The mood across Europe is hardening as desperate people continue to pour across borders in search of sanctuary or escape from poverty. Hungary’s hardline leader has called for a ‘European defence line’ on Greek borders. Norway is ordering thousands of refugees to get back on bikes into Russia. Even liberal Sweden has tightened controls. Meanwhile Switzerland, one of the world’s richest nations with a dodgy history of hiding stolen property, has joined Denmark by demanding refugees hand assets over to the state.
What a grim start to 2016. Anger and fear have grown after sexual assaults in German cities during New Year celebrations, seemingly covered up by police. Shops there are selling out of pepper spray, a public swimming pool has banned male asylum seekers and Angela Merkel’s humane response is blamed for declining popularity. Yet her party remains well ahead in polls and her stance is backed still by half the nation, despite another 51,395 newcomers arriving in the first two weeks of January.
Viktor Orbán, the authoritarian Hungarian prime minister, is right on one thing at least: this may be the year’s decisive issue. The huge influx of people presents serious challenge to European values, those enlightened ideals of humanity, liberty and unity. Despite rough seas, the numbers entering Europe in the first ten days of January were three times the level of the entire month last year. Sixty human beings have drowned attempting Mediterranean crossings already this year.
We need honest debate about the issues raised, of course. All the issues. Certainly there are cultural implications for any country that suddenly takes in large numbers from other societies while no European nation has found the perfect solution to integration. But moral panic is pointless. Each wave of mass immigration provokes fears; first Catholics, then Jews and now Muslims are blamed for alien customs and divided loyalties. Even the great Liberal leader William Gladstone penned a diatribe again Catholics, warning they would destroy British values and import crimes ‘beneath a suffocating cloud of incense.’
It is worth remembering one key point about migration amid justified outrage over assaults and crimes in Cologne. Studies actually show immigrants seem less likely to commit crime than native populations, despite tending to have lower incomes and live in deprived areas; one theory suggests this is because those arriving are ambitious people wanting to work and improve their lives. There can be no dispute Britain has seen falling crime during recent years of high immigration.
Much play has been made of the disproportionate numbers of young single men among the influx of Arab men arriving in Europe by sea, even fuelling overblown fears about gender imbalances. Yet this is the inevitable consequence of Europe’s chaotic approach to controlling migration, with countries all blaming each other and so few politicians showing real leadership. If the only route to safety from war and a secure future is both hard and hazardous, then families inevitably send strongest and fittest members first - as I have heard repeatedly from refugees in Greece, Italy, France and Germany.
Blustering politicians try to look tough but few dare admit mass movement of people goes alongside the globalisation that drives our prosperity. Poor countries getting richer means more people move around the world, something we in the West take as our birthright. The key is not to pretend this can be stopped but to find fair ways to manage migration, protect refugees and enhance integration. It is to Europe’s shame that poorer places from Jordan, Lebanon and Turkey to Pakistan, Iran and Uganda have shown more generosity than panicking rich nations that love to pontificate about decency, freedom and human rights.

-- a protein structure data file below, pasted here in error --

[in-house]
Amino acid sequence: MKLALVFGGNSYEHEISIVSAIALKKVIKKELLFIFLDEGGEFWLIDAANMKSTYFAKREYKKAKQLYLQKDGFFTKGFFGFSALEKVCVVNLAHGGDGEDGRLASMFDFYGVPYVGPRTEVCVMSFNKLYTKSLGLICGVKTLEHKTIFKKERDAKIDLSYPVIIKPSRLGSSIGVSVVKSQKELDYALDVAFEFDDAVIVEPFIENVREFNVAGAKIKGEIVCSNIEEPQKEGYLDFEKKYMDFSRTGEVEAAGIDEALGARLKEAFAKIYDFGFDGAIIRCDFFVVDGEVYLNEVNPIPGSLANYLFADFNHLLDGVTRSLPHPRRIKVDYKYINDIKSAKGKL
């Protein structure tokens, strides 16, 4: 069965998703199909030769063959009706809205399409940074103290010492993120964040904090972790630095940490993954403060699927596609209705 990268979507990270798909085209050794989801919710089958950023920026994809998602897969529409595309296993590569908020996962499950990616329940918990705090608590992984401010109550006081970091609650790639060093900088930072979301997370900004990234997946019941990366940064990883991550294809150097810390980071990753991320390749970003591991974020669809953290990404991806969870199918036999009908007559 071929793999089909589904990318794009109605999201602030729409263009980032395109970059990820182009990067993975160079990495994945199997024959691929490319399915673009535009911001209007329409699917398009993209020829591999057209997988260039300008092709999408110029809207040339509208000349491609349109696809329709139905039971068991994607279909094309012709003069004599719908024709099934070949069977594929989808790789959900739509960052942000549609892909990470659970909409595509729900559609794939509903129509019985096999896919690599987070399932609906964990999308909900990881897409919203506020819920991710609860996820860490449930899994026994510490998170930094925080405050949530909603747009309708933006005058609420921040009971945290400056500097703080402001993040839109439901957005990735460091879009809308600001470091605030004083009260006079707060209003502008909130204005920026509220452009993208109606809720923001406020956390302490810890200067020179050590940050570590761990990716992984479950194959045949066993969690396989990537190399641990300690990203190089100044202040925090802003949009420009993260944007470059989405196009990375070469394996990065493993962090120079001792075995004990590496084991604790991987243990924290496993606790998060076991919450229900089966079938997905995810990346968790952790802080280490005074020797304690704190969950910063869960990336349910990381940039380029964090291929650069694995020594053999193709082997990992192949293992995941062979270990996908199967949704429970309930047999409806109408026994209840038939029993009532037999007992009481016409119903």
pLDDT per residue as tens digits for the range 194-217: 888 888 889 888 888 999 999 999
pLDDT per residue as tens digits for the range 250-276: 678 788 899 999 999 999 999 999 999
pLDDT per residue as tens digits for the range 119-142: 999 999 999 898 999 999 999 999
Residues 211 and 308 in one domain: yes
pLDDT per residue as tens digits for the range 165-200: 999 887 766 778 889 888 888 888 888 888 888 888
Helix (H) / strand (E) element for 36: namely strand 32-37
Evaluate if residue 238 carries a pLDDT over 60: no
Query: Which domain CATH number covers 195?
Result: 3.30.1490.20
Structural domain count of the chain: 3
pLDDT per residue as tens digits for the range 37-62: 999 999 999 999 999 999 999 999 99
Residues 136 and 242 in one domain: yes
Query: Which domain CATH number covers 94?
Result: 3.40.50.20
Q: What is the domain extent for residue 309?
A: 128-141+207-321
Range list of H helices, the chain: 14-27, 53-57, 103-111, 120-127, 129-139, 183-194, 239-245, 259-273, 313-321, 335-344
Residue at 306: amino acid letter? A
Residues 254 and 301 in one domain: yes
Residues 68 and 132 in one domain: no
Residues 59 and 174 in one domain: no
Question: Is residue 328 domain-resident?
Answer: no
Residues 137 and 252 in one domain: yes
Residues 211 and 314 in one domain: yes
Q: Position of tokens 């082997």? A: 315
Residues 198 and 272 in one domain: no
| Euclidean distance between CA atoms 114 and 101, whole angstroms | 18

Building walls does not stop the flow; they merely enrich people smugglers - to the tune of £4bn last year, according to the head of Europol. They cause deaths as determined migrants and desperate refugees seek ways round them. Research also shows restrictions can be counter-productive by preventing the circulation of people, discouraging return and pushing migrants into permanent settlement. This shows the need for informed discussion, since everyone shares an interest in resolving the crisis apart from gangsters and far-right groups exploiting the current mess.
Britain - the country that would not even support rescue missions in the Med at one stage - attempts to stand aloof. Ministers know our island nation is protected by water and, while refusing to take even lone refugee children, argue that pumping aid into Syria’s neighbours is the most sympathetic response. Yet even our £1.1bn is a pittance given the demands caused by such a cruel conflict. Too much cash goes on unappealing camps families compare to prisons, while vulnerable Syrians struggling to survive elsewhere in Jordan must live off demeaning food vouchers worth just £10 a month. They get even less in Iraq.
Ministers are pushing for the right of refugees to work in host countries. This would make a big difference. Many end up earning a pittance in the black economy, exploited by bosses and undermining native workers; I met one Syrian in Amman working 14 hours daily, seven days a week in a bakery for less than half the going rate. No wonder so many risk flight to Europe. Yet back home Britain bans most asylum seekers from working and imposes tight restrictions on the few allowed to take jobs. Such is the hypocrisy swirling around a debate that becomes more blinkered, more depressing and more toxic by the day.
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